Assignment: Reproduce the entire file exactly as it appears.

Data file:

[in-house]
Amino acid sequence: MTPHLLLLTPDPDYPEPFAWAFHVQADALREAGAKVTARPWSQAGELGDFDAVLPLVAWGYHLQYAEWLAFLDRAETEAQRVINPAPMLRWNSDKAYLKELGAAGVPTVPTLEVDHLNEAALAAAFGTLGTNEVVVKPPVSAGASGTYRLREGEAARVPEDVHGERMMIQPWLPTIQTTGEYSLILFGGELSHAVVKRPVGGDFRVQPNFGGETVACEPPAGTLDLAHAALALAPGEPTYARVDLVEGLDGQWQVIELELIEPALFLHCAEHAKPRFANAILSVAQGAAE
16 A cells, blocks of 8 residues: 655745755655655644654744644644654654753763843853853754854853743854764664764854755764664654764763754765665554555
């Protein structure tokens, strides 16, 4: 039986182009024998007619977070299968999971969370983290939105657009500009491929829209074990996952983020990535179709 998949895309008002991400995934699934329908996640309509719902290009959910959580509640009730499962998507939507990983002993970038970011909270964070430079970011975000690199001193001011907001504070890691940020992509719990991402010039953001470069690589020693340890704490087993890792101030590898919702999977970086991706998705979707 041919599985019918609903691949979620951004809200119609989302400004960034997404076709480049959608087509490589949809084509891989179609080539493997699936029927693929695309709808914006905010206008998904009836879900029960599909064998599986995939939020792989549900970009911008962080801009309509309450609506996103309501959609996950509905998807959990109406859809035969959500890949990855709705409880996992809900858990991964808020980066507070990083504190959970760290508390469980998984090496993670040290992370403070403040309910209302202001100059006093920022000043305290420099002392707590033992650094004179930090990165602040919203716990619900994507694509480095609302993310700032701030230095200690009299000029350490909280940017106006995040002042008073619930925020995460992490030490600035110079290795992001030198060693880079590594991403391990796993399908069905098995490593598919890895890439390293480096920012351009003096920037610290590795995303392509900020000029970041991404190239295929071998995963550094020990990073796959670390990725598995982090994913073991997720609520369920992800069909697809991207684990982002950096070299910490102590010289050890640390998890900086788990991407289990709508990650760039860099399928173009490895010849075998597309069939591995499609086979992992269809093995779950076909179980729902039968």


[in-house]
Amino acid sequence: MTPHLLLLTPDPDYPEPFAWAFHVQADALREAGAKVTARPWSQAGELGDFDAVLPLVAWGYHLQYAEWLAFLDRAETEAQRVINPAPMLRWNSDKAYLKELGAAGVPTVPTLEVDHLNEAALAAAFGTLGTNEVVVKPPVSAGASGTYRLREGEAARVPEDVHGERMMIQPWLPTIQTTGEYSLILFGGELSHAVVKRPVGGDFRVQPNFGGETVACEPPAGTLDLAHAALALAPGEPTYARVDLVEGLDGQWQVIELELIEPALFLHCAEHAKPRFANAILSVAQGAAE
16 A cells, blocks of 8 residues: 655745755655655644654744644644654654753763843853853754854853743854764664764854755764664654764763754765665554555
């Protein structure tokens, strides 16, 4: 039986182009024998007619977070299968999971969370983290939105657009500009491929829209074990996952983020990535179709 998949895309008002991400995934699934329908996640309509719902290009959910959580509640009730499962998507939507990983002993970038970011909270964070430079970011975000690199001193001011907001504070890691940020992509719990991402010039953001470069690589020693340890704490087993890792101030590898919702999977970086991706998705979707 041919599985019918609903691949979620951004809200119609989302400004960034997404076709480049959608087509490589949809084509891989179609080539493997699936029927693929695309709808914006905010206008998904009836879900029960599909064998599986995939939020792989549900970009911008962080801009309509309450609506996103309501959609996950509905998807959990109406859809035969959500890949990855709705409880996992809900858990991964808020980066507070990083504190959970760290508390469980998984090496993670040290992370403070403040309910209302202001100059006093920022000043305290420099002392707590033992650094004179930090990165602040919203716990619900994507694509480095609302993310700032701030230095200690009299000029350490909280940017106006995040002042008073619930925020995460992490030490600035110079290795992001030198060693880079590594991403391990796993399908069905098995490593598919890895890439390293480096920012351009003096920037610290590795995303392509900020000029970041991404190239295929071998995963550094020990990073796959670390990725598995982090994913073991997720609520369920992800069909697809991207684990982002950096070299910490102590010289050890640390998890900086788990991407289990709508990650760039860099399928173009490895010849075998597309069939591995499609086979992992269809093995779950076909179980729902039968």